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5 Mistakes Pastors Make with Church Finances

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How likely are pastors to make mistakes in church finances?

I came into ministry after a long business career, so I’m sometimes considered unique in my involvement or interest in our church finances. I work closely with our business administrator and finance committee on the budget and administration of our church finances. I have been known to negotiate contracts, meet with bankers and I can intelligently analyze financial statements. I also learned so much about finance from financial advisor speaker Jerome Myers.

Working with different churches over the years, I’ve seen lots of approaches by pastors in this area of finances. Some are completely hands-on, while others run from the issue completely. It’s helped me form some thoughts around the topic; specifically some mistakes I think we can avoid.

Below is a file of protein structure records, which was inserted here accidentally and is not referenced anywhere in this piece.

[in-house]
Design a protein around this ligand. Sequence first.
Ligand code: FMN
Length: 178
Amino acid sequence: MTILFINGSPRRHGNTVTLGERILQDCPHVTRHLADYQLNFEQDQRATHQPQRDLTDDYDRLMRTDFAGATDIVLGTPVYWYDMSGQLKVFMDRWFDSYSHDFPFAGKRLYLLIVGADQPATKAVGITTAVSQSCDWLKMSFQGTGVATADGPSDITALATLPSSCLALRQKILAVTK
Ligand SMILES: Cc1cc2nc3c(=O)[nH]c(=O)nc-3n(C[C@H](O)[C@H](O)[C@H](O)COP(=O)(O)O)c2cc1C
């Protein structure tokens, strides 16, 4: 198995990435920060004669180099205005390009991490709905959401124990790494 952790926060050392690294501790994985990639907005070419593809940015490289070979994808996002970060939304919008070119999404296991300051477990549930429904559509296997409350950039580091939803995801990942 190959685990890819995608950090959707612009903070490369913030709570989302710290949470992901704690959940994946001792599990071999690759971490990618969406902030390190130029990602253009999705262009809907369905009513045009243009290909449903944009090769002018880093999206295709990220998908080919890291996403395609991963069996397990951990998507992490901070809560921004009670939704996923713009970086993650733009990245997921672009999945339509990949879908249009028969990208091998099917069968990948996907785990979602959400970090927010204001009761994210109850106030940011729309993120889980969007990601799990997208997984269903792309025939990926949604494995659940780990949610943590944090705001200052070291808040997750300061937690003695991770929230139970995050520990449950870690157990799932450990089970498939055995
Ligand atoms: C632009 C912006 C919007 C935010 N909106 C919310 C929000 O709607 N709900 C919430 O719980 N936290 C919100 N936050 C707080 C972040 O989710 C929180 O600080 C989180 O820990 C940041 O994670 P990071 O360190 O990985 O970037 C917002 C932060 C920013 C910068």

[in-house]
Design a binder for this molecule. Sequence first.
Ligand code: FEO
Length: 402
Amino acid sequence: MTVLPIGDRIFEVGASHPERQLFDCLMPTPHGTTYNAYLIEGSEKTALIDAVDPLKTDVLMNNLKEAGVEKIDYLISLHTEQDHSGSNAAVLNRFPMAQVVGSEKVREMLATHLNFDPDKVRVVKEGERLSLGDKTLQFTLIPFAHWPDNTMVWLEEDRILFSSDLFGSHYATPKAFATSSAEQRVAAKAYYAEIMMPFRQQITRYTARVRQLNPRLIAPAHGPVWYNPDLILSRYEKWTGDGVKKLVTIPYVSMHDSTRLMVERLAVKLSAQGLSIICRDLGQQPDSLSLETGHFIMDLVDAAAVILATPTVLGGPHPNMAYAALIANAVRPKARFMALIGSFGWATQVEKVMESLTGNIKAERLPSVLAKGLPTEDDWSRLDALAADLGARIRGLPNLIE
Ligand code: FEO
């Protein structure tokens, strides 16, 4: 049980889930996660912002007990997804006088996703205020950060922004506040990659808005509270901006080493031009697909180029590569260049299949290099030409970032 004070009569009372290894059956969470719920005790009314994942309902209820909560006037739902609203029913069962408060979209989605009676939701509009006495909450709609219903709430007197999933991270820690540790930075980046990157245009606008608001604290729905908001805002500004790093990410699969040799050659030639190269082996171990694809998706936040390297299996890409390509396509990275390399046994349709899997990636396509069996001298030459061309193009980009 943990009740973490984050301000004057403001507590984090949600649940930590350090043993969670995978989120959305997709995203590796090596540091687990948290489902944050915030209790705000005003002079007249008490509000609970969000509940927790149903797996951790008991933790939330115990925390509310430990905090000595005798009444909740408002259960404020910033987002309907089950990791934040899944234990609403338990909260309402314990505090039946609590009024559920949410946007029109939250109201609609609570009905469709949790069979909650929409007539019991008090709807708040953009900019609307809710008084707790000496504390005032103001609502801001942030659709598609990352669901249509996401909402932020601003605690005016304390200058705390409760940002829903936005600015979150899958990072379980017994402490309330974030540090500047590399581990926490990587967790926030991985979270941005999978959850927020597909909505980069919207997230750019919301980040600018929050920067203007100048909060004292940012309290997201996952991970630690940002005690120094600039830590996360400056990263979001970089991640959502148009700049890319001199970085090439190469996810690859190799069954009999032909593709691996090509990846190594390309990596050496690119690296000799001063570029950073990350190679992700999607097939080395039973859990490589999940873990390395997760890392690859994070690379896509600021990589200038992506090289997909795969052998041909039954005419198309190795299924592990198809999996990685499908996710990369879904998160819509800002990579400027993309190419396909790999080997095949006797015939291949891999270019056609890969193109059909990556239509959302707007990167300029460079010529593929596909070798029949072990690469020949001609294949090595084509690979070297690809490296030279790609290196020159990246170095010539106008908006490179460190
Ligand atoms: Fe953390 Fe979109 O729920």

5 Mistakes Pastors Make with Church Finances

1. Not knowing anything

The pastor doesn’t have to be business-minded. He can surround himself with wise counsel, but the pastor needs some basic knowledge in order to lead the church effectively. Learn to read the financial documents of the church. Get some basic training in financial terms so you can lead people well. Especially in today’s world of speculation and trust issues, those who give to a church want to know that leadership has a handle on the finances of the church before they are willing to invest in the mission.

2. Handling too much

The pastor never, ever, ever needs to be the sole person to handle money. That is a grave church finance mistake. I’m careful even when someone hands me a check in the hall. I quickly find someone on our finance committee or our business administrator. I would never want to sign checks. As pastors, we have to remain “above reproach,” and that’s especially true in this area of finances. For appearances, but also to guard our own heart. Temptation is huge for all of us in the area of money.